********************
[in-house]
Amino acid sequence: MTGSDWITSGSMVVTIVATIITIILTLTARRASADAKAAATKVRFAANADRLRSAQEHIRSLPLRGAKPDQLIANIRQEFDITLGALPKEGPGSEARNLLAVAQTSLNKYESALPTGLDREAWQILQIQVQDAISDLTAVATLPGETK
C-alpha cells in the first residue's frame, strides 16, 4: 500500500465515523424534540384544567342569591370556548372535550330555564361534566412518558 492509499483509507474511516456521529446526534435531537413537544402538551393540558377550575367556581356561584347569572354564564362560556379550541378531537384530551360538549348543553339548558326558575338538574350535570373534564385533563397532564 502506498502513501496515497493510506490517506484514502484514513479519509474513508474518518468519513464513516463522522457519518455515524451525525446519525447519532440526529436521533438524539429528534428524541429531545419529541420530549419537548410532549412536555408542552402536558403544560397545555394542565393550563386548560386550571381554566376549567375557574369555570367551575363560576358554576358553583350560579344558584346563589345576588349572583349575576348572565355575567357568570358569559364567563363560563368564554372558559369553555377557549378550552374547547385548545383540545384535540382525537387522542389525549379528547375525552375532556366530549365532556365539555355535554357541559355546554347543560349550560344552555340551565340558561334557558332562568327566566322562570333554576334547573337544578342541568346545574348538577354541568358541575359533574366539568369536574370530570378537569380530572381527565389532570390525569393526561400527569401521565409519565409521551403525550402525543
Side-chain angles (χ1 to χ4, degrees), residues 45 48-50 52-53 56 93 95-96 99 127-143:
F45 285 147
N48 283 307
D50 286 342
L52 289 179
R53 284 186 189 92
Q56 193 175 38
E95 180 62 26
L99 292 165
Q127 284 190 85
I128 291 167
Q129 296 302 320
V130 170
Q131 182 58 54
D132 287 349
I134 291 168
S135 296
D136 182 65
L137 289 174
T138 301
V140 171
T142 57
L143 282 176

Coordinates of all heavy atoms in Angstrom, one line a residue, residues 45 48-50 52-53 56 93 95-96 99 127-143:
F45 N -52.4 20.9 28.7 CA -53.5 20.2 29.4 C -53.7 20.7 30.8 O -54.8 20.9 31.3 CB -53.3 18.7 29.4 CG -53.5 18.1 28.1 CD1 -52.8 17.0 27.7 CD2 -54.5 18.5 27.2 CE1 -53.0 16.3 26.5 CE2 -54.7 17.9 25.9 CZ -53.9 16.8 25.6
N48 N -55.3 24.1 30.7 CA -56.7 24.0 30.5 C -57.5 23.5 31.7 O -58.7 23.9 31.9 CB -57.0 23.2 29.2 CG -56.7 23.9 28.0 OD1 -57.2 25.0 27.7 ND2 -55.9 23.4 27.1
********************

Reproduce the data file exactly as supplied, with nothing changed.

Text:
[in-house]
Amino acid sequence: MTGSDWITSGSMVVTIVATIITIILTLTARRASADAKAAATKVRFAANADRLRSAQEHIRSLPLRGAKPDQLIANIRQEFDITLGALPKEGPGSEARNLLAVAQTSLNKYESALPTGLDREAWQILQIQVQDAISDLTAVATLPGETK
C-alpha cells in the first residue's frame, strides 16, 4: 500500500465515523424534540384544567342569591370556548372535550330555564361534566412518558 492509499483509507474511516456521529446526534435531537413537544402538551393540558377550575367556581356561584347569572354564564362560556379550541378531537384530551360538549348543553339548558326558575338538574350535570373534564385533563397532564 502506498502513501496515497493510506490517506484514502484514513479519509474513508474518518468519513464513516463522522457519518455515524451525525446519525447519532440526529436521533438524539429528534428524541429531545419529541420530549419537548410532549412536555408542552402536558403544560397545555394542565393550563386548560386550571381554566376549567375557574369555570367551575363560576358554576358553583350560579344558584346563589345576588349572583349575576348572565355575567357568570358569559364567563363560563368564554372558559369553555377557549378550552374547547385548545383540545384535540382525537387522542389525549379528547375525552375532556366530549365532556365539555355535554357541559355546554347543560349550560344552555340551565340558561334557558332562568327566566322562570333554576334547573337544578342541568346545574348538577354541568358541575359533574366539568369536574370530570378537569380530572381527565389532570390525569393526561400527569401521565409519565409521551403525550402525543
Side-chain angles (χ1 to χ4, degrees), residues 45 48-50 52-53 56 93 95-96 99 127-143:
F45 285 147
N48 283 307
D50 286 342
L52 289 179
R53 284 186 189 92
Q56 193 175 38
E95 180 62 26
L99 292 165
Q127 284 190 85
I128 291 167
Q129 296 302 320
V130 170
Q131 182 58 54
D132 287 349
I134 291 168
S135 296
D136 182 65
L137 289 174
T138 301
V140 171
T142 57
L143 282 176

Coordinates of all heavy atoms in Angstrom, one line a residue, residues 45 48-50 52-53 56 93 95-96 99 127-143:
F45 N -52.4 20.9 28.7 CA -53.5 20.2 29.4 C -53.7 20.7 30.8 O -54.8 20.9 31.3 CB -53.3 18.7 29.4 CG -53.5 18.1 28.1 CD1 -52.8 17.0 27.7 CD2 -54.5 18.5 27.2 CE1 -53.0 16.3 26.5 CE2 -54.7 17.9 25.9 CZ -53.9 16.8 25.6
N48 N -55.3 24.1 30.7 CA -56.7 24.0 30.5 C -57.5 23.5 31.7 O -58.7 23.9 31.9 CB -57.0 23.2 29.2 CG -56.7 23.9 28.0 OD1 -57.2 25.0 27.7 ND2 -55.9 23.4 27.1